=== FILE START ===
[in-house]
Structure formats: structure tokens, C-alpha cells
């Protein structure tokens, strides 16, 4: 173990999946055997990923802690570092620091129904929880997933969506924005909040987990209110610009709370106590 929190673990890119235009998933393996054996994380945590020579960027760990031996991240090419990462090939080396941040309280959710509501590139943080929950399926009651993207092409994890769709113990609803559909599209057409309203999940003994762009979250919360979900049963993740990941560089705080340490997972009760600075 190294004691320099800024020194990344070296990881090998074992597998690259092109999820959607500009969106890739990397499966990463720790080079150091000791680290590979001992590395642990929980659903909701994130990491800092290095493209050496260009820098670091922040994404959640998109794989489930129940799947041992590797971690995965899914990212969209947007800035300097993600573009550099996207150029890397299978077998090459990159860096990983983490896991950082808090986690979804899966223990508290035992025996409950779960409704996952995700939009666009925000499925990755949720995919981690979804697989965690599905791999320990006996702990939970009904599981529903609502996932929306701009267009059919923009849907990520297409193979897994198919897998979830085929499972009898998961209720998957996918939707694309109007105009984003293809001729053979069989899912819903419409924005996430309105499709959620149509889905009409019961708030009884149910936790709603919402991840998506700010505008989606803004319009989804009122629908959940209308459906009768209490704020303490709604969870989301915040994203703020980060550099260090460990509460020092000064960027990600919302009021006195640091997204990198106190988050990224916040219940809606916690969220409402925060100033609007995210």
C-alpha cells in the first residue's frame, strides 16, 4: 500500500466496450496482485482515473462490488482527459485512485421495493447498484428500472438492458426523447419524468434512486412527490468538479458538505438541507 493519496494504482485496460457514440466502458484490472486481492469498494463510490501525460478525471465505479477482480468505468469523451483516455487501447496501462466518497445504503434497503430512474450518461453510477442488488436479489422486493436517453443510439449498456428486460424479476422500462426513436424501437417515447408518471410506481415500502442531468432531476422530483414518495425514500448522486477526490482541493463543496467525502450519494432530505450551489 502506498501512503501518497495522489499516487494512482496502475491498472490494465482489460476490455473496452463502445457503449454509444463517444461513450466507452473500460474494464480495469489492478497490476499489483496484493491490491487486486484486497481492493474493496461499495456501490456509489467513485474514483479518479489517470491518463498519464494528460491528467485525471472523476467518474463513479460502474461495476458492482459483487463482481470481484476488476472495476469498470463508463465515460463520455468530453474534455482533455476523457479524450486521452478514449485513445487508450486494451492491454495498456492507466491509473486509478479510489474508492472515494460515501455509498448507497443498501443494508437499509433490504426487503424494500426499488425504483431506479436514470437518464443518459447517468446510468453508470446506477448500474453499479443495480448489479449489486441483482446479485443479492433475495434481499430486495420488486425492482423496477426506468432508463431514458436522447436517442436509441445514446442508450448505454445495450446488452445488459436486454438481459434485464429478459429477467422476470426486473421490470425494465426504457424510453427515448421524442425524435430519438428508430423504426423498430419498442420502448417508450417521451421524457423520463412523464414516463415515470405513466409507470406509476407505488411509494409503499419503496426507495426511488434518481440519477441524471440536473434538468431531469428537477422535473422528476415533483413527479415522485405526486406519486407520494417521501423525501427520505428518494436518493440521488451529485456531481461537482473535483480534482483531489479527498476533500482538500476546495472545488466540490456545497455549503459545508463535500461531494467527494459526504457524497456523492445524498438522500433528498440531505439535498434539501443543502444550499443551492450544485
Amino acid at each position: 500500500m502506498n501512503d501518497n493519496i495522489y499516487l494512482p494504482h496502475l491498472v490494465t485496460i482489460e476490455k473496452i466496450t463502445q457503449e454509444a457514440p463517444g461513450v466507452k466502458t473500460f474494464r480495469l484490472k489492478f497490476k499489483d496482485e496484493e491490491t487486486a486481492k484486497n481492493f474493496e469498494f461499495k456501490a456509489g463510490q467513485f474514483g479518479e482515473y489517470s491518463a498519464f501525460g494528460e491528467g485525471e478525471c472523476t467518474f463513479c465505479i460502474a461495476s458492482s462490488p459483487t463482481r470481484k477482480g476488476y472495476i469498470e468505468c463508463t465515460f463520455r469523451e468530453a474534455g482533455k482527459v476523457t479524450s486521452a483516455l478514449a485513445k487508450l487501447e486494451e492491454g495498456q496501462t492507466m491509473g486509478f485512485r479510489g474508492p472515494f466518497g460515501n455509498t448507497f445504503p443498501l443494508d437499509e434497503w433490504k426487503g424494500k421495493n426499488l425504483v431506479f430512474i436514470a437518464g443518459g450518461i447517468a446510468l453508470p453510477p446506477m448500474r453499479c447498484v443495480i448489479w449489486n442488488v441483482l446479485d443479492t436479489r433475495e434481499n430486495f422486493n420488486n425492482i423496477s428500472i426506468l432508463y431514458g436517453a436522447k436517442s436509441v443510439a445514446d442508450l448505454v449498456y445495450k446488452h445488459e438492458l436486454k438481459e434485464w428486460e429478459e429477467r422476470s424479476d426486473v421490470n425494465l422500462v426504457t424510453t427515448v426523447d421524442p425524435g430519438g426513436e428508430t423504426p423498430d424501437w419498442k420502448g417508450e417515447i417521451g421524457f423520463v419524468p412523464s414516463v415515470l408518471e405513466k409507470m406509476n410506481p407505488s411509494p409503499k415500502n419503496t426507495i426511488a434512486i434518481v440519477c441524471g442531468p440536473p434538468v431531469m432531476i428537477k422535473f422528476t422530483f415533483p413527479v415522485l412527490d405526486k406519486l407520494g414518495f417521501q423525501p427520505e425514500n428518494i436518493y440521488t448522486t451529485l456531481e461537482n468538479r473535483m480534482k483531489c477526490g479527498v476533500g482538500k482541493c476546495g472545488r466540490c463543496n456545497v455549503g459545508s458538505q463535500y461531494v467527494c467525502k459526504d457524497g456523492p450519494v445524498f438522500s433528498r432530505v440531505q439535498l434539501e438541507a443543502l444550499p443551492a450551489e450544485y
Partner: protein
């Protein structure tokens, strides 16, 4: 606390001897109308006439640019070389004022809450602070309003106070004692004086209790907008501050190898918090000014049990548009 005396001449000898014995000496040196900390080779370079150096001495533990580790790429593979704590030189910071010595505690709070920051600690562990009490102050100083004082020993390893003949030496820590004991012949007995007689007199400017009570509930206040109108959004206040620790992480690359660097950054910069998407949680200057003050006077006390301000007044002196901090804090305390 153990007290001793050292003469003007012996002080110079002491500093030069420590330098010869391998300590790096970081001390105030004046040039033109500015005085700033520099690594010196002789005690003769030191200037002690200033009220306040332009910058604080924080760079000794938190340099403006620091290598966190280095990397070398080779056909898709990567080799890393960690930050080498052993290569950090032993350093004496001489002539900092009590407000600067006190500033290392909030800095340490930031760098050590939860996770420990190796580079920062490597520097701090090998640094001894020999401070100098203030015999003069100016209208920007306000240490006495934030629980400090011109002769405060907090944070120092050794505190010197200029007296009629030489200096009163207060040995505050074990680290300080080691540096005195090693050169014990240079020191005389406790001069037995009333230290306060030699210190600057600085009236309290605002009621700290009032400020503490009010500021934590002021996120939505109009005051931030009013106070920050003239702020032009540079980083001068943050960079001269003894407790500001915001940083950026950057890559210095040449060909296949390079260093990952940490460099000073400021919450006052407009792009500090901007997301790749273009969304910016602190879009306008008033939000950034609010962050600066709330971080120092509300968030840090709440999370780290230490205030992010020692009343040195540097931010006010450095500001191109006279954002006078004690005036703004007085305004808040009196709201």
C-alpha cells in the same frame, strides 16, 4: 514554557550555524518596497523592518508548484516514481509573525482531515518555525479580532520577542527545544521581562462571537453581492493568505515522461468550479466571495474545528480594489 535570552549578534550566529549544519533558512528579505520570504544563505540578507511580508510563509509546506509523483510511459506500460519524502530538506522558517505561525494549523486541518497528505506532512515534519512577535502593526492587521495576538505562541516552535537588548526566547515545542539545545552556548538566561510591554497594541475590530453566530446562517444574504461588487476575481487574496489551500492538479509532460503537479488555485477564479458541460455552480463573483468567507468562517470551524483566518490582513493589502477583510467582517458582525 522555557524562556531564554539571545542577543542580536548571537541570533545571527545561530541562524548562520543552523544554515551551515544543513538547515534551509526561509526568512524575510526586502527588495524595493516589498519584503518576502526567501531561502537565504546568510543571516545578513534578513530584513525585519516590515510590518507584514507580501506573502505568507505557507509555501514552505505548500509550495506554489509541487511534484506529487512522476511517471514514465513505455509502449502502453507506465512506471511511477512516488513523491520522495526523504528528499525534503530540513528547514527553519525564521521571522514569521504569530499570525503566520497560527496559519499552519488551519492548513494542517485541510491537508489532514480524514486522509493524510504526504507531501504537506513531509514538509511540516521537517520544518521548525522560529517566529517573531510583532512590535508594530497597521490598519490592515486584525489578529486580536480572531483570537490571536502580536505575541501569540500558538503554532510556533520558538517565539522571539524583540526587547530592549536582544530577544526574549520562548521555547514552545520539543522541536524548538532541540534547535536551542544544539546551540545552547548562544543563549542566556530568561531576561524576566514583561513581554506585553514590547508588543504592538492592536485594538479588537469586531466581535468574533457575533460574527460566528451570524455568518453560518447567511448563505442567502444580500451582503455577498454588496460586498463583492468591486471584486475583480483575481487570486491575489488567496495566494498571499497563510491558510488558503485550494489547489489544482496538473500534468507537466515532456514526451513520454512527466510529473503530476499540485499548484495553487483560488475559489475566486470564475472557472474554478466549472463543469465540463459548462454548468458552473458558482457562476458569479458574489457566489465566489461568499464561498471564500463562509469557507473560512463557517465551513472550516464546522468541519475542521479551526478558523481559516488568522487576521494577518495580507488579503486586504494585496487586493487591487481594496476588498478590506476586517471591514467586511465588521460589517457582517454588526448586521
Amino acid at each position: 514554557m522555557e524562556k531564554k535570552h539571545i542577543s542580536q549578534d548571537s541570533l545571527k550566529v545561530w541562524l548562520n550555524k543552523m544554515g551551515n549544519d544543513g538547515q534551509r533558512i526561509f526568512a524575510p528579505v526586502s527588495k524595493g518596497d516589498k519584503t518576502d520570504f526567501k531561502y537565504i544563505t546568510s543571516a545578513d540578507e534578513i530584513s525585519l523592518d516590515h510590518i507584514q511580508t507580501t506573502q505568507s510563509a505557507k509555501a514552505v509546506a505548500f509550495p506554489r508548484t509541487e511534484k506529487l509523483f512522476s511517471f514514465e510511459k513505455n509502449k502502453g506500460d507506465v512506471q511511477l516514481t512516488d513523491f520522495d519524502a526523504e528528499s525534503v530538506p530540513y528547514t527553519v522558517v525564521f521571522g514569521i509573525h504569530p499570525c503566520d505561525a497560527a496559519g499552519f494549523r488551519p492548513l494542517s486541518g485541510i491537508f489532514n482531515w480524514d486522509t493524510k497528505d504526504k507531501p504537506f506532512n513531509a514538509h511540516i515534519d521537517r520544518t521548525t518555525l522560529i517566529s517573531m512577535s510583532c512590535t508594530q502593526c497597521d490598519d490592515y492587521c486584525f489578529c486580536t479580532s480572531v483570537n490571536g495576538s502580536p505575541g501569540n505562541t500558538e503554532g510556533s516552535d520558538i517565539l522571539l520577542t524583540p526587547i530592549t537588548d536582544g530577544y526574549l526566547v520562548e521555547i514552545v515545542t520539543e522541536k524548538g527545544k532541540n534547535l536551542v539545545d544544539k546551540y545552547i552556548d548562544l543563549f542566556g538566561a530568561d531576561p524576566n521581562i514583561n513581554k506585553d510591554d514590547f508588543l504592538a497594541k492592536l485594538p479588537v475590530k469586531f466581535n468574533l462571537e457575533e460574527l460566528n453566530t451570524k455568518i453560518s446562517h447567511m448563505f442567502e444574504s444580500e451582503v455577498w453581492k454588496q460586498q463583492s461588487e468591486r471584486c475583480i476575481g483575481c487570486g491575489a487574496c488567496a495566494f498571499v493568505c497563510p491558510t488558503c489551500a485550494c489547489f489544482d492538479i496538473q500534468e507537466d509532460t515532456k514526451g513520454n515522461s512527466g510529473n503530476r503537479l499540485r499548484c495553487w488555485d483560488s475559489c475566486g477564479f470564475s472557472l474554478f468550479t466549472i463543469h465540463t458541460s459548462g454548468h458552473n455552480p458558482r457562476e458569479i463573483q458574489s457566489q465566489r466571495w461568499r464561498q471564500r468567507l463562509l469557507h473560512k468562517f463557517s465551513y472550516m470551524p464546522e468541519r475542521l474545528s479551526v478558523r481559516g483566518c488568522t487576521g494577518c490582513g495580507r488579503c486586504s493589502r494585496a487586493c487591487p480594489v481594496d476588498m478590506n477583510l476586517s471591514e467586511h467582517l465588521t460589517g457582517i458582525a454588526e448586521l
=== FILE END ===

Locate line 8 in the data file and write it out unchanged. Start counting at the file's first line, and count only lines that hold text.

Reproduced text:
C-alpha cells in the same frame, strides 16, 4: 514554557550555524518596497523592518508548484516514481509573525482531515518555525479580532520577542527545544521581562462571537453581492493568505515522461468550479466571495474545528480594489 535570552549578534550566529549544519533558512528579505520570504544563505540578507511580508510563509509546506509523483510511459506500460519524502530538506522558517505561525494549523486541518497528505506532512515534519512577535502593526492587521495576538505562541516552535537588548526566547515545542539545545552556548538566561510591554497594541475590530453566530446562517444574504461588487476575481487574496489551500492538479509532460503537479488555485477564479458541460455552480463573483468567507468562517470551524483566518490582513493589502477583510467582517458582525 522555557524562556531564554539571545542577543542580536548571537541570533545571527545561530541562524548562520543552523544554515551551515544543513538547515534551509526561509526568512524575510526586502527588495524595493516589498519584503518576502526567501531561502537565504546568510543571516545578513534578513530584513525585519516590515510590518507584514507580501506573502505568507505557507509555501514552505505548500509550495506554489509541487511534484506529487512522476511517471514514465513505455509502449502502453507506465512506471511511477512516488513523491520522495526523504528528499525534503530540513528547514527553519525564521521571522514569521504569530499570525503566520497560527496559519499552519488551519492548513494542517485541510491537508489532514480524514486522509493524510504526504507531501504537506513531509514538509511540516521537517520544518521548525522560529517566529517573531510583532512590535508594530497597521490598519490592515486584525489578529486580536480572531483570537490571536502580536505575541501569540500558538503554532510556533520558538517565539522571539524583540526587547530592549536582544530577544526574549520562548521555547514552545520539543522541536524548538532541540534547535536551542544544539546551540545552547548562544543563549542566556530568561531576561524576566514583561513581554506585553514590547508588543504592538492592536485594538479588537469586531466581535468574533457575533460574527460566528451570524455568518453560518447567511448563505442567502444580500451582503455577498454588496460586498463583492468591486471584486475583480483575481487570486491575489488567496495566494498571499497563510491558510488558503485550494489547489489544482496538473500534468507537466515532456514526451513520454512527466510529473503530476499540485499548484495553487483560488475559489475566486470564475472557472474554478466549472463543469465540463459548462454548468458552473458558482457562476458569479458574489457566489465566489461568499464561498471564500463562509469557507473560512463557517465551513472550516464546522468541519475542521479551526478558523481559516488568522487576521494577518495580507488579503486586504494585496487586493487591487481594496476588498478590506476586517471591514467586511465588521460589517457582517454588526448586521